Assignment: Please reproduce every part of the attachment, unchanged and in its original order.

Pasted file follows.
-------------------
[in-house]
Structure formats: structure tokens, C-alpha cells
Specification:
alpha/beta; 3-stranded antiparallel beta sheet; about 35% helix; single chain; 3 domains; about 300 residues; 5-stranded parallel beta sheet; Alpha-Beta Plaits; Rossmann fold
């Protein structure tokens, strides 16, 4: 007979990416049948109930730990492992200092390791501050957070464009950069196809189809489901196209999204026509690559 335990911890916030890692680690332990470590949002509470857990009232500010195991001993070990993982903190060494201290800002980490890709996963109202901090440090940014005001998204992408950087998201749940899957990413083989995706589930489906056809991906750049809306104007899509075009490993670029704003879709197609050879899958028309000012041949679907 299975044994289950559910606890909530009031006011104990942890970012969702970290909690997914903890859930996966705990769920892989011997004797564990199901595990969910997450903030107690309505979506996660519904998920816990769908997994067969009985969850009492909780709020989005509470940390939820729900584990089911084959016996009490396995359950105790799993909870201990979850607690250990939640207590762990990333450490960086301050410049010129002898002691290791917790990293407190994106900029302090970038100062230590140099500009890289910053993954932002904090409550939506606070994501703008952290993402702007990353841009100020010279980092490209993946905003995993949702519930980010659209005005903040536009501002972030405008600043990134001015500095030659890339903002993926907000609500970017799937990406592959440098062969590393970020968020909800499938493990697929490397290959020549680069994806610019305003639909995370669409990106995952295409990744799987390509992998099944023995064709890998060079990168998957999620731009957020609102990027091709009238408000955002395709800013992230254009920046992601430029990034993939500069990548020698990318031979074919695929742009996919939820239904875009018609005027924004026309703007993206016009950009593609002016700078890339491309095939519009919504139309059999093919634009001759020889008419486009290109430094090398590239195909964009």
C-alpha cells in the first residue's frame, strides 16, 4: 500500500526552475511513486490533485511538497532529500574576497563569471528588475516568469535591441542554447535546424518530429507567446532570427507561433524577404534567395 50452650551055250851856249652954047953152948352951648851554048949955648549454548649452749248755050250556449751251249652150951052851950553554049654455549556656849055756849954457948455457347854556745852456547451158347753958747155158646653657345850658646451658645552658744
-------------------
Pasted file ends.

[in-house]
Structure formats: structure tokens, C-alpha cells
Specification:
alpha/beta; 3-stranded antiparallel beta sheet; about 35% helix; single chain; 3 domains; about 300 residues; 5-stranded parallel beta sheet; Alpha-Beta Plaits; Rossmann fold
């Protein structure tokens, strides 16, 4: 007979990416049948109930730990492992200092390791501050957070464009950069196809189809489901196209999204026509690559 335990911890916030890692680690332990470590949002509470857990009232500010195991001993070990993982903190060494201290800002980490890709996963109202901090440090940014005001998204992408950087998201749940899957990413083989995706589930489906056809991906750049809306104007899509075009490993670029704003879709197609050879899958028309000012041949679907 299975044994289950559910606890909530009031006011104990942890970012969702970290909690997914903890859930996966705990769920892989011997004797564990199901595990969910997450903030107690309505979506996660519904998920816990769908997994067969009985969850009492909780709020989005509470940390939820729900584990089911084959016996009490396995359950105790799993909870201990979850607690250990939640207590762990990333450490960086301050410049010129002898002691290791917790990293407190994106900029302090970038100062230590140099500009890289910053993954932002904090409550939506606070994501703008952290993402702007990353841009100020010279980092490209993946905003995993949702519930980010659209005005903040536009501002972030405008600043990134001015500095030659890339903002993926907000609500970017799937990406592959440098062969590393970020968020909800499938493990697929490397290959020549680069994806610019305003639909995370669409990106995952295409990744799987390509992998099944023995064709890998060079990168998957999620731009957020609102990027091709009238408000955002395709800013992230254009920046992601430029990034993939500069990548020698990318031979074919695929742009996919939820239904875009018609005027924004026309703007993206016009950009593609002016700078890339491309095939519009919504139309059999093919634009001759020889008419486009290109430094090398590239195909964009």
C-alpha cells in the first residue's frame, strides 16, 4: 500500500526552475511513486490533485511538497532529500574576497563569471528588475516568469535591441542554447535546424518530429507567446532570427507561433524577404534567395 50452650551055250851856249652954047953152948352951648851554048949955648549454548649452749248755050250556449751251249652150951052851950553554049654455549556656849055756849954457948455457347854556745852456547451158347753958747155158646653657345850658646451658645552658744